The success of your investment depends on two factors – choosing the right stock or mutual fund scheme to invest in, and choosing the right time to make that investment. In other words, timing the market.
That said, the success of your investment wouldn’t necessarily mean a successful portfolio or successful wealth creation! The two are very different. Unfortunately, investors hardly understand this difference.
Wealth creation is a long-term process, and requires both discipline and patience. It is much more than picking a few good stocks at the right time. Professional investors are usually able to do it properly – i.e., make the right pick at the right time, but not always. Regular investors, other than professional investors, have to depend on a structured approach to investing. For such types of investors, the asset allocation approach comes in handy and useful.
Talking of asset allocation, this is something that is again mostly misunderstood by investors at large. For instance, if you have invested in different types of properties – residential, commercial and industrial – you have only diversified your investment. It cannot be termed as asset allocation.
Let’s suppose, you have also invested in large-cap, mid-cap and small-cap stocks or mutual funds. Then also, you have essentially diversified your equity investments into different heads. That is not asset allocation, either.
Asset allocation essentially means dividing your total investible corpus into different asset classes percentage-wise, after taking into account various factors, such as your risk appetite and the time horizon of your investment.
Broadly speaking, there are four asset classes that most investors can tap into – debt, equity, real estate, and commodities.
Within these asset classes, having the right percentage allocation is of paramount importance.
Indians are heavily tilted towards debt investments (fixed deposits and bonds), and real estate, along with a sizeable percentage of their investible surplus going into insurance policies. Indians also heavily buy into gold, but that is primarily because of customary and cultural reasons, rather than for pure investment purposes.
Historically, as an asset class, equity has delivered the most promising inflation-beating returns. Next in line, in terms of return, we have gold and real estate.
Debt and insurance policies return the least, often below inflation. Statistically speaking, people who invest only in debt and insurance policies often find it difficult to sustain and maintain their lifestyle in their retirement years, because in the absence of a regular monthly income, they have to rely only the returns from their debt investment and insurance policies, which are often below inflation.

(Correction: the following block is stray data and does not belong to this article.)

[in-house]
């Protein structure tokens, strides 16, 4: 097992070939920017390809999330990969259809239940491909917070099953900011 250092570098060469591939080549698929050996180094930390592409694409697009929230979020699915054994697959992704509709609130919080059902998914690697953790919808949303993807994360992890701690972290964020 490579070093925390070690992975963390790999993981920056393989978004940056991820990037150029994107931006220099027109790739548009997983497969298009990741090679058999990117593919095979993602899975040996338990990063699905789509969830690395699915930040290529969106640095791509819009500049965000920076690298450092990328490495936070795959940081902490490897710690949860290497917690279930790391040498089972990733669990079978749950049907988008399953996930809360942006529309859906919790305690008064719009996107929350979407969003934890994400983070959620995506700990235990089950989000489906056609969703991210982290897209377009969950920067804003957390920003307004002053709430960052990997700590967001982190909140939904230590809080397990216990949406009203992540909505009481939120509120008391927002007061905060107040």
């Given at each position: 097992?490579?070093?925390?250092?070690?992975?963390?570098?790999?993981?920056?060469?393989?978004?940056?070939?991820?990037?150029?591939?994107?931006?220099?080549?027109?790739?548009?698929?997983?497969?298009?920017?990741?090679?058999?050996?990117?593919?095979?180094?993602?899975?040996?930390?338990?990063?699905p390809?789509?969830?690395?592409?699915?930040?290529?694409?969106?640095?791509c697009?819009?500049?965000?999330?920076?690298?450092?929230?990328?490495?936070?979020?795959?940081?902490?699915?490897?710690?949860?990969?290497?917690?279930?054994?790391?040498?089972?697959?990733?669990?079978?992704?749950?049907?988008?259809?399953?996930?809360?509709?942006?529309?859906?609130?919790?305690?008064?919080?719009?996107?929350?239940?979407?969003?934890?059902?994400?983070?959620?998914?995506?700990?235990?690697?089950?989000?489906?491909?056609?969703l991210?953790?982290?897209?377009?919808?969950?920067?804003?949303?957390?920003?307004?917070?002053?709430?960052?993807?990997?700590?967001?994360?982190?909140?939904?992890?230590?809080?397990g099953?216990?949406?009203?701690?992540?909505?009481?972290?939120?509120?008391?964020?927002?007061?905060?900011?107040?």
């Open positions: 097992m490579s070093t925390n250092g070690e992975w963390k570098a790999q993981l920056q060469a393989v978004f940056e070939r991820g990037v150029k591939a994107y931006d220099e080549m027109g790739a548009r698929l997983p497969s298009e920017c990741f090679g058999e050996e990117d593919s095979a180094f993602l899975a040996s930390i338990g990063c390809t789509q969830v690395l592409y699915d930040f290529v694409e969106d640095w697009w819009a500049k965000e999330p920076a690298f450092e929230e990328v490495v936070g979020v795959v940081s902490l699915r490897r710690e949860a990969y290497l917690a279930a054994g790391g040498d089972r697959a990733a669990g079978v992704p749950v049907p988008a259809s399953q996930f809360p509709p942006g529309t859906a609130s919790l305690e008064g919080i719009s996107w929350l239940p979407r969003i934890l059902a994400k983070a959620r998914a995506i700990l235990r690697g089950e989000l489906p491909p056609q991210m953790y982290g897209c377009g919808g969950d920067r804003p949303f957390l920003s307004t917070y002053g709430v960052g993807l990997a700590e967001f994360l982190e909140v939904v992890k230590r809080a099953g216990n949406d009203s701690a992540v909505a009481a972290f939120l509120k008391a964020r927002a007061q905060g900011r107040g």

As such, selecting the right percentage allocation at the time of making your investments will ensure that you will get the right balance of all the assets in your investment bouquet.
Incidentally, most assets have a negative correlation with each other, and thus, it becomes all the more necessary to create your portfolio with the right percentage of allocation of the different asset classes to provide stability to your investment basket. It’s similar to cooking the perfect recipe with the right ingredients in the right proportion to make the food tasty and healthy.
Financialisation of assets has gathered momentum among Indian investors now, and mutual funds have played a major role in bringing about this change. Today, mutual funds offer funds which invest in gold and real estate, too, besides debt and equity, thus making it possible for investors to conveniently participate in these asset classes with a fraction of their money. At times, these schemes are tax efficient also. The facility of auto-rebalancing and professional management these funds provide, act as the icing on the cake.
A recent study suggests that more than 91.5 per cent of a portfolio’s return is attributable to its mix of asset classes, and individual stock selection and market timing account for less than 7 per cent of a diversified portfolio’s return.
The author is the founder of Wisdom Edge Investments